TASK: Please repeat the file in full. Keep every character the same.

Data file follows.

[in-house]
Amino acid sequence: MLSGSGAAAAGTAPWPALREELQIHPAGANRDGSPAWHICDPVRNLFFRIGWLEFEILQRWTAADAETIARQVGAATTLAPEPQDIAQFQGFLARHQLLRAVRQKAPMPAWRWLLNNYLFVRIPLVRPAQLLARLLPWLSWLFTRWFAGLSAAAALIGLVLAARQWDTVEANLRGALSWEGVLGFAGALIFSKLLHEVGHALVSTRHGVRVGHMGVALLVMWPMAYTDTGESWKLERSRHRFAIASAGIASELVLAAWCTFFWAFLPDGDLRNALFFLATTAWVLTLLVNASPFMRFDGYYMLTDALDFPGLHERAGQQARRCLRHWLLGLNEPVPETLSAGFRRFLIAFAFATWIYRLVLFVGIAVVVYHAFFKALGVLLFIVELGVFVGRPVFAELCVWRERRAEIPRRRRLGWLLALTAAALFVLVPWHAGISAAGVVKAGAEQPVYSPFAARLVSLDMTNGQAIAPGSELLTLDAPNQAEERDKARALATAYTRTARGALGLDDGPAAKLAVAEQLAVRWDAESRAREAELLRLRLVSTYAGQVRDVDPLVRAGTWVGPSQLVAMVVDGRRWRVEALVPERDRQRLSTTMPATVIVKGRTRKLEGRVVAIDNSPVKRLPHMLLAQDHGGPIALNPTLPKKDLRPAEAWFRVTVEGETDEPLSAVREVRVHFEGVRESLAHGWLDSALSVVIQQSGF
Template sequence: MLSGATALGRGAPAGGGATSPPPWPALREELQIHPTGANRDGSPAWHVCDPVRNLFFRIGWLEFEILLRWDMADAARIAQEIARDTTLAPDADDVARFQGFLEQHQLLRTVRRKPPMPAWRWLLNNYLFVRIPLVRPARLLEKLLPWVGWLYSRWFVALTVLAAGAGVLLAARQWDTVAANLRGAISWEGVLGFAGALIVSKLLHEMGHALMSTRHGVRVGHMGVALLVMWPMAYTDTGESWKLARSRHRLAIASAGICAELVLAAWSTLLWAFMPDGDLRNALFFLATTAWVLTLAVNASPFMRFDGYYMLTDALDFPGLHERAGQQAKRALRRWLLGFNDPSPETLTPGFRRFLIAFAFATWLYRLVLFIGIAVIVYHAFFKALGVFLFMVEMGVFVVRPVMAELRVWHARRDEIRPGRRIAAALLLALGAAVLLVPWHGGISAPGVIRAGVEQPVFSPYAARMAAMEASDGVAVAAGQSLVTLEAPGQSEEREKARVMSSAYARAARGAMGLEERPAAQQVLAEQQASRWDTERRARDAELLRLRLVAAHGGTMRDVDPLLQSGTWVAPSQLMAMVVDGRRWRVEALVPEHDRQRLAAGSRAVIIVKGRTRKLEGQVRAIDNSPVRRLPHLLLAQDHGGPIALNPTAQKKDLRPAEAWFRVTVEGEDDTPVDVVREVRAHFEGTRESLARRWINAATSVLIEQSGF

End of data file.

[in-house]
Amino acid sequence: MLSGSGAAAAGTAPWPALREELQIHPAGANRDGSPAWHICDPVRNLFFRIGWLEFEILQRWTAADAETIARQVGAATTLAPEPQDIAQFQGFLARHQLLRAVRQKAPMPAWRWLLNNYLFVRIPLVRPAQLLARLLPWLSWLFTRWFAGLSAAAALIGLVLAARQWDTVEANLRGALSWEGVLGFAGALIFSKLLHEVGHALVSTRHGVRVGHMGVALLVMWPMAYTDTGESWKLERSRHRFAIASAGIASELVLAAWCTFFWAFLPDGDLRNALFFLATTAWVLTLLVNASPFMRFDGYYMLTDALDFPGLHERAGQQARRCLRHWLLGLNEPVPETLSAGFRRFLIAFAFATWIYRLVLFVGIAVVVYHAFFKALGVLLFIVELGVFVGRPVFAELCVWRERRAEIPRRRRLGWLLALTAAALFVLVPWHAGISAAGVVKAGAEQPVYSPFAARLVSLDMTNGQAIAPGSELLTLDAPNQAEERDKARALATAYTRTARGALGLDDGPAAKLAVAEQLAVRWDAESRAREAELLRLRLVSTYAGQVRDVDPLVRAGTWVGPSQLVAMVVDGRRWRVEALVPERDRQRLSTTMPATVIVKGRTRKLEGRVVAIDNSPVKRLPHMLLAQDHGGPIALNPTLPKKDLRPAEAWFRVTVEGETDEPLSAVREVRVHFEGVRESLAHGWLDSALSVVIQQSGF
Template sequence: MLSGATALGRGAPAGGGATSPPPWPALREELQIHPTGANRDGSPAWHVCDPVRNLFFRIGWLEFEILLRWDMADAARIAQEIARDTTLAPDADDVARFQGFLEQHQLLRTVRRKPPMPAWRWLLNNYLFVRIPLVRPARLLEKLLPWVGWLYSRWFVALTVLAAGAGVLLAARQWDTVAANLRGAISWEGVLGFAGALIVSKLLHEMGHALMSTRHGVRVGHMGVALLVMWPMAYTDTGESWKLARSRHRLAIASAGICAELVLAAWSTLLWAFMPDGDLRNALFFLATTAWVLTLAVNASPFMRFDGYYMLTDALDFPGLHERAGQQAKRALRRWLLGFNDPSPETLTPGFRRFLIAFAFATWLYRLVLFIGIAVIVYHAFFKALGVFLFMVEMGVFVVRPVMAELRVWHARRDEIRPGRRIAAALLLALGAAVLLVPWHGGISAPGVIRAGVEQPVFSPYAARMAAMEASDGVAVAAGQSLVTLEAPGQSEEREKARVMSSAYARAARGAMGLEERPAAQQVLAEQQASRWDTERRARDAELLRLRLVAAHGGTMRDVDPLLQSGTWVAPSQLMAMVVDGRRWRVEALVPEHDRQRLAAGSRAVIIVKGRTRKLEGQVRAIDNSPVRRLPHLLLAQDHGGPIALNPTAQKKDLRPAEAWFRVTVEGEDDTPVDVVREVRAHFEGTRESLARRWINAATSVLIEQSGF